Firas AhmadPosted Feb 21, 2008 •Permalink • Printer-Friendly Version
The American Muslim Community’s “Obama” Problem
How do you root for a candidate who doesn’t want you to root for him?
By Firas Ahmad
As Obamamania continues to capture the imagination of the United States, parts of the American Muslim community are no less overcome by the Illinois Senator’s charismatic and overpowering vision for change. It makes sense. He is a man of diverse ethnic background who seeks dialogue over war, who can credibly represent change given his independence from establishment politics and whose life story suggests an intimate understanding of the Muslim world. In many ways he represents more than Muslims could have hoped for given the radioactive nature of Islam in America over the past several years. Someone who seemingly has a sympathetic ear and background that could build bridges.
But for many reasons, Muslims are one constituency Obama does not want to court. With a wink and a nod, Obama’s Muslim supporters continue to work for a candidate who cannot afford to wink back at them. Given his perceived “closeness” to Islam, and the fact that he shares a name with a former Iraqi dictator, it could be strategic suicide for the Obama campaign to vocally acknowledge organized Muslim support. At a time when endorsements are worn like badges of honor, no major candidate is looking for the Muslim vote.
No doubt if Obama wins the nomination, the Republicans will exploit this issue far more than Bill Clinton attempted to manipulate race in South Carolina. McCain will never have to say a word, the “hit job” will be manufactured and executed by his friends on Fox news, via the airwaves with Rush and Hannity (who would have overcome their issues with McCain by then) and through tabloids like the New York Post. Vocal Muslim support for Obama, if it happens, will likely be used as subtext for character attacks against his background and to fuel baseless rumors that he is actually a stealth Islamist who will subvert the establishment after taking power. As Don Imus can attest, racism and bigotry against African Americans is now largely unacceptable in public discourse. However, the same cannot be said of vitriol against Muslims. Attacking Obama for his pseudo-association with Islam is a far safer and more acceptable strategy for right-wing zealots than attacking him for being black. So if Obama has a campaign strategist worth his or her weight, we will never hear any serious public support or defense of Muslims from him or his campaign. For Muslims to demand anything from him simply demonstrates a misunderstanding of reality. Muslim support for Obama is akin to George Bush’s support for democracy in the Middle East. The mere association with the former will undercut the credibility of the latter. It is an analogy that Muslims should understand.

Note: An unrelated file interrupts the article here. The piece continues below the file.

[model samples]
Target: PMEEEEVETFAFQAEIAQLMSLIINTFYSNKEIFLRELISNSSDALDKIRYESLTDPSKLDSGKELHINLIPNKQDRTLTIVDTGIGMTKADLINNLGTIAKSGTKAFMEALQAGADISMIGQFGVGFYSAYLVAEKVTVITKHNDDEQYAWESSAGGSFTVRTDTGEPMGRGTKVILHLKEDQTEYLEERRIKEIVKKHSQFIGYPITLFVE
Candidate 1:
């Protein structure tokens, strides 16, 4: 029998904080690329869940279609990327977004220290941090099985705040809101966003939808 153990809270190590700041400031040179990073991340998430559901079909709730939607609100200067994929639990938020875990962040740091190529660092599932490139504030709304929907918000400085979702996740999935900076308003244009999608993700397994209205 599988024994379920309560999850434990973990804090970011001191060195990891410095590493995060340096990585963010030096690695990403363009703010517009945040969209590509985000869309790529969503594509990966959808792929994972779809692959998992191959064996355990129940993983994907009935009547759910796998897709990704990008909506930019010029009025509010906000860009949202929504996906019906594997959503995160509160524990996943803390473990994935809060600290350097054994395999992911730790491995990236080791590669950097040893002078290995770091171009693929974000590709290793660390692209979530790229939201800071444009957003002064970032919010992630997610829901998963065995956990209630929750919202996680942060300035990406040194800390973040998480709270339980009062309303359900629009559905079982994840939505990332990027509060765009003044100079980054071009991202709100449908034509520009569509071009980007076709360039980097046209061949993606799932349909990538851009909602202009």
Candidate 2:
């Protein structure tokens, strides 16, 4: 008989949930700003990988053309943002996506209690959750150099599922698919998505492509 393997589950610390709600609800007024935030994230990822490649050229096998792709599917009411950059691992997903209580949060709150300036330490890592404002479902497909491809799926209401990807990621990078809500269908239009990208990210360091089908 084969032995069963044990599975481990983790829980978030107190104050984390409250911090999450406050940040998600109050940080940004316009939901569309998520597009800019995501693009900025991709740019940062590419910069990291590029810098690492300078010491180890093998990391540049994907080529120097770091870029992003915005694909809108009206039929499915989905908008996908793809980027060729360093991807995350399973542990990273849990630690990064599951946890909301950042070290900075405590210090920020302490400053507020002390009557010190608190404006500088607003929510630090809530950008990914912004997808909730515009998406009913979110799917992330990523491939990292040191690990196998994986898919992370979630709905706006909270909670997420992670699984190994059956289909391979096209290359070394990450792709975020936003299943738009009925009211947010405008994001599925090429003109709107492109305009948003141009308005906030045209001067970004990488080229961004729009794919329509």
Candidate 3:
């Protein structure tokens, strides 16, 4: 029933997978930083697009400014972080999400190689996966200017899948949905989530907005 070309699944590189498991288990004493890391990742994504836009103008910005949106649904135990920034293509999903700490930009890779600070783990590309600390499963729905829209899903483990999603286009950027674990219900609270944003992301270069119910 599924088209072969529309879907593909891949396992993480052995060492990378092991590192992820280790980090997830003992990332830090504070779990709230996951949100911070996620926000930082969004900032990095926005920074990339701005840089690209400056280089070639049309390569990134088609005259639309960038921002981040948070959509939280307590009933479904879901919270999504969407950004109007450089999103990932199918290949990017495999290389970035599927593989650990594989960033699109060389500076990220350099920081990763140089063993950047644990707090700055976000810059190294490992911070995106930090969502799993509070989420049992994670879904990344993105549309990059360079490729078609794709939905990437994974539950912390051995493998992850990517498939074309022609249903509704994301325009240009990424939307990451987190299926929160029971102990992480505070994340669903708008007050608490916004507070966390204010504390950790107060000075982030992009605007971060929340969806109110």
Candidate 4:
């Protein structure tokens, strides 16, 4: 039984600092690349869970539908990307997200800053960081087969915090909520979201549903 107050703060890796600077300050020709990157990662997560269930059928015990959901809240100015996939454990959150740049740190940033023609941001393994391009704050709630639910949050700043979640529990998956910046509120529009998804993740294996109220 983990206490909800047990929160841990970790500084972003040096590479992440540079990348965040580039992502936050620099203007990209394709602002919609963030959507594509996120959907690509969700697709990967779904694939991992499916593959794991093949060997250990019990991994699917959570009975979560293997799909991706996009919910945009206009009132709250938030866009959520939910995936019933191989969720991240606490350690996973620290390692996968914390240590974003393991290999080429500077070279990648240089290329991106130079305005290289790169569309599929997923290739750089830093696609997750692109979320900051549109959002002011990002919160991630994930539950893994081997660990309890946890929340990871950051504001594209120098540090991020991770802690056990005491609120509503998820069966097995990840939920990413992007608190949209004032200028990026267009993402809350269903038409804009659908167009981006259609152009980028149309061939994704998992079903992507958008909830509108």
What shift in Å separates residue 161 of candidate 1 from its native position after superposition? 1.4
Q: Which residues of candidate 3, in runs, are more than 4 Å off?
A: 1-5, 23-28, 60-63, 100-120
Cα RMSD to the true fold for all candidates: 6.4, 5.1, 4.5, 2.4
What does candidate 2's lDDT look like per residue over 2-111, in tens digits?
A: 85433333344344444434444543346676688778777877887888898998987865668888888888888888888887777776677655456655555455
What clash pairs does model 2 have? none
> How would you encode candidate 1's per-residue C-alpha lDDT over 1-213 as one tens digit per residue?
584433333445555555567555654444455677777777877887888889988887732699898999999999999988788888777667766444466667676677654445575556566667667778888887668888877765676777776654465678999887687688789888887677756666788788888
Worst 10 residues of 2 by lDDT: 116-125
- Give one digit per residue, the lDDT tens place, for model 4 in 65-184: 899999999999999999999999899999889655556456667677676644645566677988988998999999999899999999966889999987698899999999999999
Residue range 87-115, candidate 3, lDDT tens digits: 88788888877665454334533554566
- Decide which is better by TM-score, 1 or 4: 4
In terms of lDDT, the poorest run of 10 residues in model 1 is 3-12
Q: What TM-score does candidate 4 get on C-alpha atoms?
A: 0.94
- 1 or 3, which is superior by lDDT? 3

Obama’s lack of public defense of Islam is not so much an indictment against him as it is a demonstration of the infantile state of Muslim political participation in America. While it is impossible to tell, it would be reasonable to assume that if Obama could say something nice about Muslims he would because he wants votes from any and all Americans. Muslims fit squarely into the demographic that he appeals to most. Professional, educated and young. The only reason a candidate like Obama would not say something nice about Muslims is because he is making a clear political calculation. The votes he would gain from Muslims are far less than the votes he would lose from his association with Muslims. This should be startling. Unfortunately it has not initiated the kind of discussion within the community necessary to change these political ramifications for candidates in the future. To be fair, other candidates have lost votes based on their religious affiliation. Romney, a practicing Mormon, could have had a much better shot as the Republican nominee if he were from a Protestant denomination. But in terms of public perception, Muslims are a whole other category of disrepute. We are not talking about a Muslim candidate, we are talking about supporting a candidate who denies any connection, real or perceived, to Islam.
This is a political reality that Muslims in America must face. It is a clear demonstration that the collective efforts of Muslim institution building over the last 20 years have largely failed to make any real progress when it comes to impacting the American political process, at least at the national level. Muslims have found the perfect candidate, but cannot vocally support him for fear that if they do, they may be the reason he loses. How is that for a wake-up call.